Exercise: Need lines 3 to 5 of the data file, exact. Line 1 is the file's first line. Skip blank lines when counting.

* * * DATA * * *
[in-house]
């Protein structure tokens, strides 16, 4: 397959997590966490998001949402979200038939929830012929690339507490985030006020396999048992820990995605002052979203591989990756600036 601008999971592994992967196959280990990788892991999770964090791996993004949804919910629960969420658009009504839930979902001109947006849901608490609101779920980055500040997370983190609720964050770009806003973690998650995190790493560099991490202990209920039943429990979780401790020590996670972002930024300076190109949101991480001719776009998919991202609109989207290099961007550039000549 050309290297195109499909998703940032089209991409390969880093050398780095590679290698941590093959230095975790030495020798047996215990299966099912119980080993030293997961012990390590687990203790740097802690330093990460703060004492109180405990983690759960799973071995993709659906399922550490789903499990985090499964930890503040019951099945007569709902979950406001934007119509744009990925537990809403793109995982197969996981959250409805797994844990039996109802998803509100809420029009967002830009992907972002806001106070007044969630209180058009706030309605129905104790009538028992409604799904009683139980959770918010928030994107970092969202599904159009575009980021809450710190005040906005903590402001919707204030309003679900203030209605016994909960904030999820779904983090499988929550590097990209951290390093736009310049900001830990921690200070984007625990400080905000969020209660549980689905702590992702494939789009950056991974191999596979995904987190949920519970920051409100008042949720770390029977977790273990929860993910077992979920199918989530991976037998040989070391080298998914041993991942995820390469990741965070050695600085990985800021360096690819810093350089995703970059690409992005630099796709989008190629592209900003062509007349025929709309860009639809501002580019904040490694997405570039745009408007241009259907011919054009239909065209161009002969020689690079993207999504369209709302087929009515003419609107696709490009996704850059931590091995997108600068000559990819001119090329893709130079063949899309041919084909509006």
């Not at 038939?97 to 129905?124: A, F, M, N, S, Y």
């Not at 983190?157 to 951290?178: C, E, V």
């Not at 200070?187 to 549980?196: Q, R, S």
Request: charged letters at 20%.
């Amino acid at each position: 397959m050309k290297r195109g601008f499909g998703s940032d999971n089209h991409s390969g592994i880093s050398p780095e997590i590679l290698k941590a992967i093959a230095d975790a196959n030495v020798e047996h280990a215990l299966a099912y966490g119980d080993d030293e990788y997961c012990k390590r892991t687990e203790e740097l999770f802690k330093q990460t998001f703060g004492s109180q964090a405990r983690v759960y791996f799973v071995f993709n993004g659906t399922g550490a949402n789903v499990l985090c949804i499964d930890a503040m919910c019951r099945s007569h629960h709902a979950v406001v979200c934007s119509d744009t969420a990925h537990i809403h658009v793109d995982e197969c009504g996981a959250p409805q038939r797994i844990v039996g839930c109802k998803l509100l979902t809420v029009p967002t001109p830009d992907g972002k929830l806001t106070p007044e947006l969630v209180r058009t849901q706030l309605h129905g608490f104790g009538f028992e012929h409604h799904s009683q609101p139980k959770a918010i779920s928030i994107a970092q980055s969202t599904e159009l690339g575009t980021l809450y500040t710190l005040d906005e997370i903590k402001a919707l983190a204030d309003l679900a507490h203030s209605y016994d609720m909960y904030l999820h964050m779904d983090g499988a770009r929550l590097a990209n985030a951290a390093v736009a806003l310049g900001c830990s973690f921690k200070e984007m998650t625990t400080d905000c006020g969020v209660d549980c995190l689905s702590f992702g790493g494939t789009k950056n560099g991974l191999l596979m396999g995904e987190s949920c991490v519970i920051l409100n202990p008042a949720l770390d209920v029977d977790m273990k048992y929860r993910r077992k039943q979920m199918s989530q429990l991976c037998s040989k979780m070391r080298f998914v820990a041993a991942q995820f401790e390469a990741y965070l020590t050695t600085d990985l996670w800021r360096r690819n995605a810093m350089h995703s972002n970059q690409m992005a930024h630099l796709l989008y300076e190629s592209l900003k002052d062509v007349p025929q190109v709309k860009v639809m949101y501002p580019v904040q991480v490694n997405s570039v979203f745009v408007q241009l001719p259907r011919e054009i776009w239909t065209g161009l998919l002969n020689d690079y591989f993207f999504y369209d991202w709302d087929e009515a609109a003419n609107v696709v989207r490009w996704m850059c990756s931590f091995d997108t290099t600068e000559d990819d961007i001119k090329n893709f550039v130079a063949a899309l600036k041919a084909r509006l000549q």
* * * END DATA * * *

């Not at 038939?97 to 129905?124: A, F, M, N, S, Y």
């Not at 983190?157 to 951290?178: C, E, V």
């Not at 200070?187 to 549980?196: Q, R, S």